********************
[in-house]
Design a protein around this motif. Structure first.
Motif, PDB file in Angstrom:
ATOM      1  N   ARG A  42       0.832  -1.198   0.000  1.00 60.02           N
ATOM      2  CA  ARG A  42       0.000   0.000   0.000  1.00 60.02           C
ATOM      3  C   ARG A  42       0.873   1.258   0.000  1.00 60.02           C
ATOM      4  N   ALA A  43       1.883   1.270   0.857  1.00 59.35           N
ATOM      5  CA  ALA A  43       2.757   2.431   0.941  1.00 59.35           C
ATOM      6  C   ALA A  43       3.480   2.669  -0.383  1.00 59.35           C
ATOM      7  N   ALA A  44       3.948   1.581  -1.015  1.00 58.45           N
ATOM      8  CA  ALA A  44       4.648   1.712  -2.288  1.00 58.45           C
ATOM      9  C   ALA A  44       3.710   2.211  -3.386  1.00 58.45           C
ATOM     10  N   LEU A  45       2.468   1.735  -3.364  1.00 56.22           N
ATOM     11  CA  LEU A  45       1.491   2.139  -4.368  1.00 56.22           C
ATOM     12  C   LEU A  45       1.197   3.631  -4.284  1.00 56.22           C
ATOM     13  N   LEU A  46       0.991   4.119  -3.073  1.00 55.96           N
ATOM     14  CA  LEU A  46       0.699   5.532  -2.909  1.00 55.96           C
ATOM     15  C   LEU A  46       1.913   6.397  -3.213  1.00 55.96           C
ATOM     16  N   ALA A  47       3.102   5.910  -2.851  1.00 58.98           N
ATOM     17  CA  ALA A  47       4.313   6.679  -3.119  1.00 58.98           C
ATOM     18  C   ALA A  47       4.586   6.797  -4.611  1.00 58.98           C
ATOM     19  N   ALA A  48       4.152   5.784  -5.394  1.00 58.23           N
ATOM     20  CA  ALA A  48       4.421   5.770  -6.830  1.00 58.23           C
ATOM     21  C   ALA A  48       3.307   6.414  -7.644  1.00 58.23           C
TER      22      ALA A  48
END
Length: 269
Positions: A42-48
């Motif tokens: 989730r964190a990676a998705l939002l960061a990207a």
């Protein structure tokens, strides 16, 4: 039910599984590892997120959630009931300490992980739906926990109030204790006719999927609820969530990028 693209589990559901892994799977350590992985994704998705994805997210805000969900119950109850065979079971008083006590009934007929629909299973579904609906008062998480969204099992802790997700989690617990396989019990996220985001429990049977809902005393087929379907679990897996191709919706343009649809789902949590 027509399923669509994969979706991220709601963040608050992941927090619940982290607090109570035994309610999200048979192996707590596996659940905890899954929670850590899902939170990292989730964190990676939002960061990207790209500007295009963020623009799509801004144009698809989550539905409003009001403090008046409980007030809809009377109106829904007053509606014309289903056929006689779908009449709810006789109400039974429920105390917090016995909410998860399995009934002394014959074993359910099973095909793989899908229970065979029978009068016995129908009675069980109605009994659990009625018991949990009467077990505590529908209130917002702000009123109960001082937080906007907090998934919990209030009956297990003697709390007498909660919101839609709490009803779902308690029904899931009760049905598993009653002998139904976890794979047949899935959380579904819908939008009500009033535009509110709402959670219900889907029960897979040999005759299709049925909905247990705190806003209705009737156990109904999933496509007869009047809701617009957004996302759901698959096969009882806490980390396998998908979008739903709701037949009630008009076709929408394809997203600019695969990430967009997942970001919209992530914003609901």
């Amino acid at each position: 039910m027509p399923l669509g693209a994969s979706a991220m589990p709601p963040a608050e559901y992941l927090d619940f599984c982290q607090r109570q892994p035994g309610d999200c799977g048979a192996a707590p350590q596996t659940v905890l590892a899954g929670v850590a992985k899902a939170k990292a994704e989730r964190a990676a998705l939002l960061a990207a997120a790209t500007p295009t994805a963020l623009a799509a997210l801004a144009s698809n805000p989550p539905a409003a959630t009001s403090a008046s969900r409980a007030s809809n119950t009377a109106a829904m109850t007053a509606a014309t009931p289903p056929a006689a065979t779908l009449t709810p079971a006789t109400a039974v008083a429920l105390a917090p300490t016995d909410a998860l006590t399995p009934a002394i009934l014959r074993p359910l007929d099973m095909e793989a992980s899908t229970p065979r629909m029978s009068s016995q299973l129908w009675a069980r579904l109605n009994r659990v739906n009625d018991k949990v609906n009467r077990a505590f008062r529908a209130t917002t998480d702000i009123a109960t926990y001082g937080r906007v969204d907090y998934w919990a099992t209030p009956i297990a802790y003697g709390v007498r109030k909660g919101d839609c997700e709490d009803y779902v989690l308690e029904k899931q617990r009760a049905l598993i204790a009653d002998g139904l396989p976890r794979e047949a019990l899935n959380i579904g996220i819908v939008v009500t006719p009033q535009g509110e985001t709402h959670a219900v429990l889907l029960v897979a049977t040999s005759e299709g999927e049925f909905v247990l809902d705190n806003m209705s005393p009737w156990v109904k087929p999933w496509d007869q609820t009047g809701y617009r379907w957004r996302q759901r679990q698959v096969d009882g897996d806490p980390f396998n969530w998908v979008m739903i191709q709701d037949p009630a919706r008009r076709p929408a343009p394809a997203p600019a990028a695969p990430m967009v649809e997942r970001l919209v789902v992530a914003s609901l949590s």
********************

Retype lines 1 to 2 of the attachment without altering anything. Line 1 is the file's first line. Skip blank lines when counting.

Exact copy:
[in-house]
Design a protein around this motif. Structure first.